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SD Supreme Court hearing on legislative conflict

PIERRE, S.D. – The issue is simple: What is a legislative conflict of interest?

The answer, as evidenced by arguments from the South Dakota attorney general and legal counsels for the governor and the legislature, is
anything but simple.

Today (Monday), the South Dakota Supreme Court heard oral arguments on what a legislative conflict is. They also heard arguments on what the state constitution says a conflict is and how to resolve over one hundred years of S.D. Supreme Court decisions and attorney general opinions on the matter

Katie Hruska, counsel for Gov. Kristi Noem, says the governor is looking for clarity.

“We are looking for more specific guidance on what an indirect interest is,” she said.

However, Justice Mark Salter may have determined the real issue: Some legislators and state officials don’t like the strict interpretation of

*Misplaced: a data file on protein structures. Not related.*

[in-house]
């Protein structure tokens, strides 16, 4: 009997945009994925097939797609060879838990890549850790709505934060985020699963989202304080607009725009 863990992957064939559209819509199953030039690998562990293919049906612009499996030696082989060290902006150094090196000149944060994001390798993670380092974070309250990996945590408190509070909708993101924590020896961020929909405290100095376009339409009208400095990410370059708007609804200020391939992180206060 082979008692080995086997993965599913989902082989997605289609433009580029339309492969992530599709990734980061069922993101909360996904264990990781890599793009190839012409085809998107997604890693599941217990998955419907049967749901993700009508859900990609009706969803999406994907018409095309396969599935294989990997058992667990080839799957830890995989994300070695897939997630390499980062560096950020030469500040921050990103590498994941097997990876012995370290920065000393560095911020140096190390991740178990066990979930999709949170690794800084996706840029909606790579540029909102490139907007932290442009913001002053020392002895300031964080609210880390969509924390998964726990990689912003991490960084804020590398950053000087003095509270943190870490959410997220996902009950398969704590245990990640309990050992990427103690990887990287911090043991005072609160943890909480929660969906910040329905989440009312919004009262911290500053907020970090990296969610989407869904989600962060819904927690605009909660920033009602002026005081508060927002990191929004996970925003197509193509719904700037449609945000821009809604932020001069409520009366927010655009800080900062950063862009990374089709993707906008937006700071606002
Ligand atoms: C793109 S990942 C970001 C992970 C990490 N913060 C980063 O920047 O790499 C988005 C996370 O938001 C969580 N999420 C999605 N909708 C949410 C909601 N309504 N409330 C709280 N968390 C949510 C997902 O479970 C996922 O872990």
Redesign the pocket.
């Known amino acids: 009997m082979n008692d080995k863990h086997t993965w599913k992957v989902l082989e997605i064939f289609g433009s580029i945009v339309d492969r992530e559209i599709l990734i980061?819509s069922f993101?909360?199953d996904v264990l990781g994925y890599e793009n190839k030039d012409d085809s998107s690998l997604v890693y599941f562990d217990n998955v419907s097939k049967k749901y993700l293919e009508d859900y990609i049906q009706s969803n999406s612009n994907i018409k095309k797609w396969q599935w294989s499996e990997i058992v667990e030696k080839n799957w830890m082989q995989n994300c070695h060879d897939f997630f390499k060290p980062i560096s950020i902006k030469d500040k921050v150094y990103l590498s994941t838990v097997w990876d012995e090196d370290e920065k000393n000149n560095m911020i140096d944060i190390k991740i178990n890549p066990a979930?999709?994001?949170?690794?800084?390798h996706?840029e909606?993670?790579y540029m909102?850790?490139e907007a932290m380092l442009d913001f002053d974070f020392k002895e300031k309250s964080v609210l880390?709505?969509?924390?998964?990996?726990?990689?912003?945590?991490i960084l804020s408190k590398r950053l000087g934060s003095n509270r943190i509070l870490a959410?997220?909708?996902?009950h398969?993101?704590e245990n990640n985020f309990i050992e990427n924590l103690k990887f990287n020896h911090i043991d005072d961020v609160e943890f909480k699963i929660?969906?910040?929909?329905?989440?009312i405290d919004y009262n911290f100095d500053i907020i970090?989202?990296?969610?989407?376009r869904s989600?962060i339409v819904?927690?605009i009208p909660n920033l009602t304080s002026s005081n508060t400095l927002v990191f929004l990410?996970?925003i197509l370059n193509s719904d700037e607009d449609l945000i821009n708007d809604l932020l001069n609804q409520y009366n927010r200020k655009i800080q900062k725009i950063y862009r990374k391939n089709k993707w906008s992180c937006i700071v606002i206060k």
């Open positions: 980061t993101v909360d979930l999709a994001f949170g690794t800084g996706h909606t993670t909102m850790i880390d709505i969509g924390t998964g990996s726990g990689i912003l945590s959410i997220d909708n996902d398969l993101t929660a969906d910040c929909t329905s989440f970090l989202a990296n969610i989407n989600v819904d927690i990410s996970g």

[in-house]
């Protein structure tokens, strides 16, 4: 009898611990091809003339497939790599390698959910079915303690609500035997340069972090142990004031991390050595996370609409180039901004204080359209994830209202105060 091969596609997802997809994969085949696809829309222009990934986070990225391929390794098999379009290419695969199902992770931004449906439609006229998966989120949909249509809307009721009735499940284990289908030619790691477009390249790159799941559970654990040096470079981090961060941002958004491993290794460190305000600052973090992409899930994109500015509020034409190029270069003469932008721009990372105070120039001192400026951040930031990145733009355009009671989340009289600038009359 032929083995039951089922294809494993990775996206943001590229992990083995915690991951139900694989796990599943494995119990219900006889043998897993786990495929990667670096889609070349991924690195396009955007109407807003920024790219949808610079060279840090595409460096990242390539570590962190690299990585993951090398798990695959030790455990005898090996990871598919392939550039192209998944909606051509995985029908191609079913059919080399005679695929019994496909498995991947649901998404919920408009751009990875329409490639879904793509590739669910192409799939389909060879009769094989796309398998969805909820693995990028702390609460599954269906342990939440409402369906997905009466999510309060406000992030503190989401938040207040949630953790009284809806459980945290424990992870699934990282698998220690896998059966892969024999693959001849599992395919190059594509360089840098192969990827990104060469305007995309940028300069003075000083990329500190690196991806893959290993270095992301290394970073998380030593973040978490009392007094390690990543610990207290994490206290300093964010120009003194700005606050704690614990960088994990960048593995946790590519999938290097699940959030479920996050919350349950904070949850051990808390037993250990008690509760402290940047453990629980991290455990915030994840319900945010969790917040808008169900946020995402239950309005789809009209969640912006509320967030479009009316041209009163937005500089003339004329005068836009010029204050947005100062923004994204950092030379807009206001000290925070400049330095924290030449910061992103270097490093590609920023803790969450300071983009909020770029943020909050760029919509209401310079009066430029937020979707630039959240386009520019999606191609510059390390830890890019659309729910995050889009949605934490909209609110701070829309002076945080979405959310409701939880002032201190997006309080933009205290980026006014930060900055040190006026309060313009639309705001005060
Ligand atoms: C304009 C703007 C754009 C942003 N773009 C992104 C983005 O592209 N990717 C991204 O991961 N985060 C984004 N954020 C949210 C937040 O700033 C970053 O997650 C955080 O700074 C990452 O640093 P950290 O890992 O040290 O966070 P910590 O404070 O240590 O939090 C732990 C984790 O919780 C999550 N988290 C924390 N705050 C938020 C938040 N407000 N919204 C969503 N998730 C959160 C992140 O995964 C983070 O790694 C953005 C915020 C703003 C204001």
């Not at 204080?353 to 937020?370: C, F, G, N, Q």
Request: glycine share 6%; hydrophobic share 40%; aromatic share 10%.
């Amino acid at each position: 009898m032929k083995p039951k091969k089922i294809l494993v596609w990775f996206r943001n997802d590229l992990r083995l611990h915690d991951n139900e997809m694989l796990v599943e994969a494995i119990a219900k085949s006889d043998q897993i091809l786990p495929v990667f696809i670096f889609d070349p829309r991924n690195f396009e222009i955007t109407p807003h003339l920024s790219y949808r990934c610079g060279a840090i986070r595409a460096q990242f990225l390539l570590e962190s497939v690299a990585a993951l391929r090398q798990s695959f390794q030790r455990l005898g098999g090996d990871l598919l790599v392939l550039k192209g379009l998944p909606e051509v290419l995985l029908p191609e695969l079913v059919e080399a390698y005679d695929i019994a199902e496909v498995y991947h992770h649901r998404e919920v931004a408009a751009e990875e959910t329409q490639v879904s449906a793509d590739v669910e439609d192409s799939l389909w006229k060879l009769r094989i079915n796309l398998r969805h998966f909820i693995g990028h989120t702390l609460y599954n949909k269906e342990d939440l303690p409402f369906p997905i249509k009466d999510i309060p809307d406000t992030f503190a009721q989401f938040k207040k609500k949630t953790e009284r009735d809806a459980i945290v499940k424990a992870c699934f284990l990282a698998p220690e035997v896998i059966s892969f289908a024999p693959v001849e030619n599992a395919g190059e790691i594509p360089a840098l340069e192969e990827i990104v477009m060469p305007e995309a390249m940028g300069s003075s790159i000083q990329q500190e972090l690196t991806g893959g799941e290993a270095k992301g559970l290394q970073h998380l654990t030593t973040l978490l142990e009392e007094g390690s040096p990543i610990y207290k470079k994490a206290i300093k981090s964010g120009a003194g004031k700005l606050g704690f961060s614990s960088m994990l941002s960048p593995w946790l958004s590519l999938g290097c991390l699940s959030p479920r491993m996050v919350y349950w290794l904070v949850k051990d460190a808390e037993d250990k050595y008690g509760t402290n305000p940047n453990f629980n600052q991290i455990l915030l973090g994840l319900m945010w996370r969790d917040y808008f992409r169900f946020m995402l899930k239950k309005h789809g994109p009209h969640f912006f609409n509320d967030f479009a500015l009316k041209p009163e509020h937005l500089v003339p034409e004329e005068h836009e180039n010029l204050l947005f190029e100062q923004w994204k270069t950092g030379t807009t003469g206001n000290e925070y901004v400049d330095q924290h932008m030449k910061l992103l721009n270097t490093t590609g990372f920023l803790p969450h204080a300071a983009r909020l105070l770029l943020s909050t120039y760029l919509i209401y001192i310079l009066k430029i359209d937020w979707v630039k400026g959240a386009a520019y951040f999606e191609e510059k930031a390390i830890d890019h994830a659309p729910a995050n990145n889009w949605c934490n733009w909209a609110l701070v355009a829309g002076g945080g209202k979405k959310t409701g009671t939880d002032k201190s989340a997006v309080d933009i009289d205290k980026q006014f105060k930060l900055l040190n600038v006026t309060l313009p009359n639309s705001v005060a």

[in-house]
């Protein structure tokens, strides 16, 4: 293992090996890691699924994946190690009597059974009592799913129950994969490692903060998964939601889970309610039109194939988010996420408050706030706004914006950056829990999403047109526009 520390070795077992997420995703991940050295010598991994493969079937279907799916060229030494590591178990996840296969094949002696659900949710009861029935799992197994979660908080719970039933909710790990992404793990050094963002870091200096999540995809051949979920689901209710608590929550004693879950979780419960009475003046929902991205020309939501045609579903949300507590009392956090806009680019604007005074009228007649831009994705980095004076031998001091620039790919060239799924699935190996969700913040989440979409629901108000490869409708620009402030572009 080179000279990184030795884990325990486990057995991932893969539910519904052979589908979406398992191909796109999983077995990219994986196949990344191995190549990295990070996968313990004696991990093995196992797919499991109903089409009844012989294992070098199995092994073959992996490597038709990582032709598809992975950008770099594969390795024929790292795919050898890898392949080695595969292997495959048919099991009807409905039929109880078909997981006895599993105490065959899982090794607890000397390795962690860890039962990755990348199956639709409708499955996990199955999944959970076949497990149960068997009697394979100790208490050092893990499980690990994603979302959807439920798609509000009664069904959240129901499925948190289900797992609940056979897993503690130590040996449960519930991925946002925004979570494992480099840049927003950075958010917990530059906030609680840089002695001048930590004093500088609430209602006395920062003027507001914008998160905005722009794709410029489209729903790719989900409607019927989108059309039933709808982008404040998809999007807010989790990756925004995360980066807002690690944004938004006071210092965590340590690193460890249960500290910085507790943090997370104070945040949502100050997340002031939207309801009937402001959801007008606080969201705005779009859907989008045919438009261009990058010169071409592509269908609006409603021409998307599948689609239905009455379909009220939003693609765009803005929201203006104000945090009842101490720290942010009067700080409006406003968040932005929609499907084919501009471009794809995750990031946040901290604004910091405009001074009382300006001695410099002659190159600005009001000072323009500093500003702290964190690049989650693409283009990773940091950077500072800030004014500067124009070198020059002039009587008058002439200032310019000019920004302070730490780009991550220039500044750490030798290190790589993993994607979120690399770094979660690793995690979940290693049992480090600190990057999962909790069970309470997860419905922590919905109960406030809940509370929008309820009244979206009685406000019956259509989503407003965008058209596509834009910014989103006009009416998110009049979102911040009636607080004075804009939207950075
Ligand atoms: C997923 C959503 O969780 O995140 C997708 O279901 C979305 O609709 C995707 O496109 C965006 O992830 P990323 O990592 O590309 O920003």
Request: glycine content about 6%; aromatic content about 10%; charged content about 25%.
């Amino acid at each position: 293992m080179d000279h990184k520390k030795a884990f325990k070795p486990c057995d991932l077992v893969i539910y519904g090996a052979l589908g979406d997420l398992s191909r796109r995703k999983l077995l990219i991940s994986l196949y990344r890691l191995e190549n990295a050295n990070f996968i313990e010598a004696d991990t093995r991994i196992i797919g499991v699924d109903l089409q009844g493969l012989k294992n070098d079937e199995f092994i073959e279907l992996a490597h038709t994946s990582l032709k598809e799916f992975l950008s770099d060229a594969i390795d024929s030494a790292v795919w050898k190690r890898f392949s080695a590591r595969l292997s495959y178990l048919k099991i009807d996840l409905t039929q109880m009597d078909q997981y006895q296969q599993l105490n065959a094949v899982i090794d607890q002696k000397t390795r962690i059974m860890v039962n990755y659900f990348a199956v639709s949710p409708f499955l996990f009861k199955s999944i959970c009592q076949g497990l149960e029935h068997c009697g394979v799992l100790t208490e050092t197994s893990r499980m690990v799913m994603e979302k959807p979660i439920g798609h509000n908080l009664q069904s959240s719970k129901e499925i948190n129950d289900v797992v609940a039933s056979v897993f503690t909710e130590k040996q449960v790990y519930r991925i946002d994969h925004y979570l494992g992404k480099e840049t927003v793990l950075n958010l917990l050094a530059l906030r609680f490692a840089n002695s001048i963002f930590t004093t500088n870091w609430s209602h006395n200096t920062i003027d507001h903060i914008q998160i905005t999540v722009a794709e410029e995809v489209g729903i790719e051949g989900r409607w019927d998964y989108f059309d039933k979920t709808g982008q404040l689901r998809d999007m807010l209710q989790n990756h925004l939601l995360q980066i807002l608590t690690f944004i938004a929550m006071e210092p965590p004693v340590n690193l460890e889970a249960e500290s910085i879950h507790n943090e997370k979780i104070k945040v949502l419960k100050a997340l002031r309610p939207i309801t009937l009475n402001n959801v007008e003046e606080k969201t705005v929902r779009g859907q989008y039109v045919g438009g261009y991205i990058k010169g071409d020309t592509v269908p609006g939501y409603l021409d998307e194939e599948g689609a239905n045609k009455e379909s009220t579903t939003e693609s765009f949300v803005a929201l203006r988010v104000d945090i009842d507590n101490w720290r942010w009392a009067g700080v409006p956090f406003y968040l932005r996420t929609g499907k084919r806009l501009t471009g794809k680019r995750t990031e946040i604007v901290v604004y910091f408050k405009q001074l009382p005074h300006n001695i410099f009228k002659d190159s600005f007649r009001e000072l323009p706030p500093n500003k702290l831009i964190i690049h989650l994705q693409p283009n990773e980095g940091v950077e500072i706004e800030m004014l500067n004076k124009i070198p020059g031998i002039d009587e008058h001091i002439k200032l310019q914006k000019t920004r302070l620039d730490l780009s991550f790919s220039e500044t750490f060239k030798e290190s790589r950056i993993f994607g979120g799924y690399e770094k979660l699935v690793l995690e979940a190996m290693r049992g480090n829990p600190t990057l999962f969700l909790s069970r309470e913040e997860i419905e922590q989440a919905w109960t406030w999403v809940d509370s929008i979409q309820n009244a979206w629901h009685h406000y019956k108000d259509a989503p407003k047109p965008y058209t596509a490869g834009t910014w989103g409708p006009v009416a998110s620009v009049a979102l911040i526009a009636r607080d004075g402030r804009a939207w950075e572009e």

what is a conflict.

“There is implicit in all the submissions that the state of the law is unsatisfactory in being clear and workable,” Salter said.

In the short term, what is at stake is Gov. Noem’s ability to appoint two legislators to vacant Rapid City districts who won’t later be found
to have conflicts.

In the longer term, the governor, legislators, and the attorney general want the court to issue an advisory opinion that clarifies not just what
a conflict is but also what a direct and indirect conflict is.

Several justices said previous decisions and the state constitution point out that legislative direct and indirect conflicts are still
conflicts.

However, Ron Parsons, attorney for the legislature, says that line could be more precise.

“The framers did not want this to be a guessing game,” Parsons argued. “No one wants to knowingly risk their livelihood to be on the wrong side of an unknowable line.”

Attorney General Marty Jackley suggested that there could be a point where an indirect conflict becomes too indirect because the conflict is
minimal. For example, he said, if a legislator owns one share of stock in a company that receives a state contract is that too indirect to be
meaningful.

The hearing lasted for over 70 minutes. The court will issue a written opinion later.

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